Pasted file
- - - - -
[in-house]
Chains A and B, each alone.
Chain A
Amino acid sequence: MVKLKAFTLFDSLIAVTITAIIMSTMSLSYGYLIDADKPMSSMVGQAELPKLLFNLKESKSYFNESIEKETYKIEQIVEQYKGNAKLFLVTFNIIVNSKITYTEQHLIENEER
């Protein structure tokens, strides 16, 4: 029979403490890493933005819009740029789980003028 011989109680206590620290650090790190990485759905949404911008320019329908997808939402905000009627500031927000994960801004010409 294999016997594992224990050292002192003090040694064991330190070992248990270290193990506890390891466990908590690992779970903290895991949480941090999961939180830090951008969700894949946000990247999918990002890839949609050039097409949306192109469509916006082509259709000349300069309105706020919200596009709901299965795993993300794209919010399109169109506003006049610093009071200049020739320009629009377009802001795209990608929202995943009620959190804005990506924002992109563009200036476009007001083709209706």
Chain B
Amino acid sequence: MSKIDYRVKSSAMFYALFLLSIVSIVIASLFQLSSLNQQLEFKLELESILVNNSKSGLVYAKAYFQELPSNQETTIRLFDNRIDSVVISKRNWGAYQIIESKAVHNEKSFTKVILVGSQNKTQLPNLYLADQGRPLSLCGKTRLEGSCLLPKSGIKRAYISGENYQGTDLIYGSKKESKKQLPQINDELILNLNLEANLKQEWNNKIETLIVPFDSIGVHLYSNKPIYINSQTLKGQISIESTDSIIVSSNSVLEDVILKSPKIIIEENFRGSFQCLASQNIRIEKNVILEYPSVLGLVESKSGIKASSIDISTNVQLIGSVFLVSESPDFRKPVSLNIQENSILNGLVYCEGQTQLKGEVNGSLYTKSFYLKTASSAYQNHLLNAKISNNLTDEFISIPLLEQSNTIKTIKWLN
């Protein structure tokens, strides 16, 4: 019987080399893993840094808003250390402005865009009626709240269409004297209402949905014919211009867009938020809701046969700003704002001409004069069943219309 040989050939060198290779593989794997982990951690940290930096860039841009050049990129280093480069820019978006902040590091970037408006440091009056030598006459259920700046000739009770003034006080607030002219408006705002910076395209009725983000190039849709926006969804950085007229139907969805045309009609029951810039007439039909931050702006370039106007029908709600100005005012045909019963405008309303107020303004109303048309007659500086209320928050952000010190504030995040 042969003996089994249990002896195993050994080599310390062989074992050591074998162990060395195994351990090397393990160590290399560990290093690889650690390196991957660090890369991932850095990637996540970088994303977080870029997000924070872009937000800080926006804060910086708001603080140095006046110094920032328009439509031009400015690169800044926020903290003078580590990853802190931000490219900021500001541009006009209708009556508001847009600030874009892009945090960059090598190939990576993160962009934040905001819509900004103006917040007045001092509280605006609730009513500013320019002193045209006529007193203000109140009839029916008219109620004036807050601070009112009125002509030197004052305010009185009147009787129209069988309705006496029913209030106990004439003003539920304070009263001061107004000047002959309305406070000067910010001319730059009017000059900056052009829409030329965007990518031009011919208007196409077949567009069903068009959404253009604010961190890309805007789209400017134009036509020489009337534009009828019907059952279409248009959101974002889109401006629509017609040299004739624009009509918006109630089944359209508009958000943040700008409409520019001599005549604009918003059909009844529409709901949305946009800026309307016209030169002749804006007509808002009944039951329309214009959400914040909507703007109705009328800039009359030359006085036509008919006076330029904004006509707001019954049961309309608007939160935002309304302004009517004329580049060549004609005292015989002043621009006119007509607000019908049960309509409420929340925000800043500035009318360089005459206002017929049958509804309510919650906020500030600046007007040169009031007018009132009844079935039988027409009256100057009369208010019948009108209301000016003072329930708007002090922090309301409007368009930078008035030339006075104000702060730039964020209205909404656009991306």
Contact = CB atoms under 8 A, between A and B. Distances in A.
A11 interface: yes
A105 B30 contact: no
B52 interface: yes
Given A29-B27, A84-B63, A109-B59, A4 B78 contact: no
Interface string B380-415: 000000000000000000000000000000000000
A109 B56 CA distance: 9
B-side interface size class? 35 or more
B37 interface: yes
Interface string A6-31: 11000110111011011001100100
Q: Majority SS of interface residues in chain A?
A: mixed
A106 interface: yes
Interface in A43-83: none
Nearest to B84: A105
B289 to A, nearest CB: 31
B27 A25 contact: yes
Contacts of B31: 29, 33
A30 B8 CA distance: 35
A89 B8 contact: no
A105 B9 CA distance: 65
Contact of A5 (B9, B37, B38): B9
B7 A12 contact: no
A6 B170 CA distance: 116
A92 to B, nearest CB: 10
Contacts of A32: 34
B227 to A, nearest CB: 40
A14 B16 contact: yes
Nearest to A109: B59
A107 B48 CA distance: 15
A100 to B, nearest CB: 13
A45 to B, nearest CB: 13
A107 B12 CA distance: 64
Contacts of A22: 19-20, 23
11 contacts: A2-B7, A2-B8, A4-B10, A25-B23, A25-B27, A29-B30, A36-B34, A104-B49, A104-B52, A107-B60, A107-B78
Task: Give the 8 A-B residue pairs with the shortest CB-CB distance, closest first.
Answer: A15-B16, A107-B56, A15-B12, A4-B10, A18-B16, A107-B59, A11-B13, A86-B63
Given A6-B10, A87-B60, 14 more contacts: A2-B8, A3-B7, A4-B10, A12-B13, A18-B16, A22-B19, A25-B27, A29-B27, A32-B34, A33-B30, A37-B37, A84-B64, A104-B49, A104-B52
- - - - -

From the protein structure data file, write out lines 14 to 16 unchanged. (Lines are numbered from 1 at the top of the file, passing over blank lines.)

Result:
Interface string B380-415: 000000000000000000000000000000000000
A109 B56 CA distance: 9
B-side interface size class? 35 or more